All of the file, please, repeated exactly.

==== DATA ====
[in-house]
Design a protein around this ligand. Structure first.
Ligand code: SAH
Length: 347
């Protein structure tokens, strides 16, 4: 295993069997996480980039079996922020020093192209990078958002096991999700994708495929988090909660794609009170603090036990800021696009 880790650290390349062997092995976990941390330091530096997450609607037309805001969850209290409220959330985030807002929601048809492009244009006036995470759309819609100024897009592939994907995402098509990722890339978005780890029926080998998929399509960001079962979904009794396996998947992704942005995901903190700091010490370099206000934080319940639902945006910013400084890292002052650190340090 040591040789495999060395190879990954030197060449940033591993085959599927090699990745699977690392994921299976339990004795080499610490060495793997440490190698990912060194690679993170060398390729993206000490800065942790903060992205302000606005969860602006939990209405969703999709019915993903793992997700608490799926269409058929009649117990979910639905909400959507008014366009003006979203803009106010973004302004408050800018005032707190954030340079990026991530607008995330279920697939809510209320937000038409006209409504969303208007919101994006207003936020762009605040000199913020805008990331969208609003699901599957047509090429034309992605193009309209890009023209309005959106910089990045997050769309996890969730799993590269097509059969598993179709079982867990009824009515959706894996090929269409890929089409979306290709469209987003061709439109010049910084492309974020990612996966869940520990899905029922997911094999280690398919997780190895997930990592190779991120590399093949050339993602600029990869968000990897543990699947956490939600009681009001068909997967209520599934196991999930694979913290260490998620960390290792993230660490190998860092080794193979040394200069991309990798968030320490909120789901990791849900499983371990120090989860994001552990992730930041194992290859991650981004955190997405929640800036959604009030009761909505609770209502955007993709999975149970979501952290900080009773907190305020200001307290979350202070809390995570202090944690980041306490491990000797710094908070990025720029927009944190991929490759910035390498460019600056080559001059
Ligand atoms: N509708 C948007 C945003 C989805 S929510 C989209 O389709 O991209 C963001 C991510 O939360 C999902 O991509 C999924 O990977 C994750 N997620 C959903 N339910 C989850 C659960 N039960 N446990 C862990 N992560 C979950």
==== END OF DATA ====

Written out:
[in-house]
Design a protein around this ligand. Structure first.
Ligand code: SAH
Length: 347
């Protein structure tokens, strides 16, 4: 295993069997996480980039079996922020020093192209990078958002096991999700994708495929988090909660794609009170603090036990800021696009 880790650290390349062997092995976990941390330091530096997450609607037309805001969850209290409220959330985030807002929601048809492009244009006036995470759309819609100024897009592939994907995402098509990722890339978005780890029926080998998929399509960001079962979904009794396996998947992704942005995901903190700091010490370099206000934080319940639902945006910013400084890292002052650190340090 040591040789495999060395190879990954030197060449940033591993085959599927090699990745699977690392994921299976339990004795080499610490060495793997440490190698990912060194690679993170060398390729993206000490800065942790903060992205302000606005969860602006939990209405969703999709019915993903793992997700608490799926269409058929009649117990979910639905909400959507008014366009003006979203803009106010973004302004408050800018005032707190954030340079990026991530607008995330279920697939809510209320937000038409006209409504969303208007919101994006207003936020762009605040000199913020805008990331969208609003699901599957047509090429034309992605193009309209890009023209309005959106910089990045997050769309996890969730799993590269097509059969598993179709079982867990009824009515959706894996090929269409890929089409979306290709469209987003061709439109010049910084492309974020990612996966869940520990899905029922997911094999280690398919997780190895997930990592190779991120590399093949050339993602600029990869968000990897543990699947956490939600009681009001068909997967209520599934196991999930694979913290260490998620960390290792993230660490190998860092080794193979040394200069991309990798968030320490909120789901990791849900499983371990120090989860994001552990992730930041194992290859991650981004955190997405929640800036959604009030009761909505609770209502955007993709999975149970979501952290900080009773907190305020200001307290979350202070809390995570202090944690980041306490491990000797710094908070990025720029927009944190991929490759910035390498460019600056080559001059
Ligand atoms: N509708 C948007 C945003 C989805 S929510 C989209 O389709 O991209 C963001 C991510 O939360 C999902 O991509 C999924 O990977 C994750 N997620 C959903 N339910 C989850 C659960 N039960 N446990 C862990 N992560 C979950």